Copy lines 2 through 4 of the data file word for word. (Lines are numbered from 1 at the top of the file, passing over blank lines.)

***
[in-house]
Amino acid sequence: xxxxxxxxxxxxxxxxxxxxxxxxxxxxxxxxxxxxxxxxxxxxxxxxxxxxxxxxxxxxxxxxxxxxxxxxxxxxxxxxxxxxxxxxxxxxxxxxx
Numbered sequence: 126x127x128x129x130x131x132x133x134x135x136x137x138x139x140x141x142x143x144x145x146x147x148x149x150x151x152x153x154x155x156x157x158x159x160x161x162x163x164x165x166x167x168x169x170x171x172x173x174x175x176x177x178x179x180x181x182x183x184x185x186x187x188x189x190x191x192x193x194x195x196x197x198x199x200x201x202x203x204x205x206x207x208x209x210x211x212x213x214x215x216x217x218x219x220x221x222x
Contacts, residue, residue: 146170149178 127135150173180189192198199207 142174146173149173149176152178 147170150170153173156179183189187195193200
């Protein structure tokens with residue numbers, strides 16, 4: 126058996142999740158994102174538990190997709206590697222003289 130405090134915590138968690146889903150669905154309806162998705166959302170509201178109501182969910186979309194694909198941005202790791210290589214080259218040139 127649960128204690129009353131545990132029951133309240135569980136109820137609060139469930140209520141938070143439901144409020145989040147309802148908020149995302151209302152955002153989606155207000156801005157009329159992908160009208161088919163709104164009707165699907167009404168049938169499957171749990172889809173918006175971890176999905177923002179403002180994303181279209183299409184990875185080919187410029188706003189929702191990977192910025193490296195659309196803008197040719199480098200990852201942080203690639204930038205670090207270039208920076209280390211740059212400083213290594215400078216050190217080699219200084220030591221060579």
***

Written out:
Amino acid sequence: xxxxxxxxxxxxxxxxxxxxxxxxxxxxxxxxxxxxxxxxxxxxxxxxxxxxxxxxxxxxxxxxxxxxxxxxxxxxxxxxxxxxxxxxxxxxxxxxx
Numbered sequence: 126x127x128x129x130x131x132x133x134x135x136x137x138x139x140x141x142x143x144x145x146x147x148x149x150x151x152x153x154x155x156x157x158x159x160x161x162x163x164x165x166x167x168x169x170x171x172x173x174x175x176x177x178x179x180x181x182x183x184x185x186x187x188x189x190x191x192x193x194x195x196x197x198x199x200x201x202x203x204x205x206x207x208x209x210x211x212x213x214x215x216x217x218x219x220x221x222x
Contacts, residue, residue: 146170149178 127135150173180189192198199207 142174146173149173149176152178 147170150170153173156179183189187195193200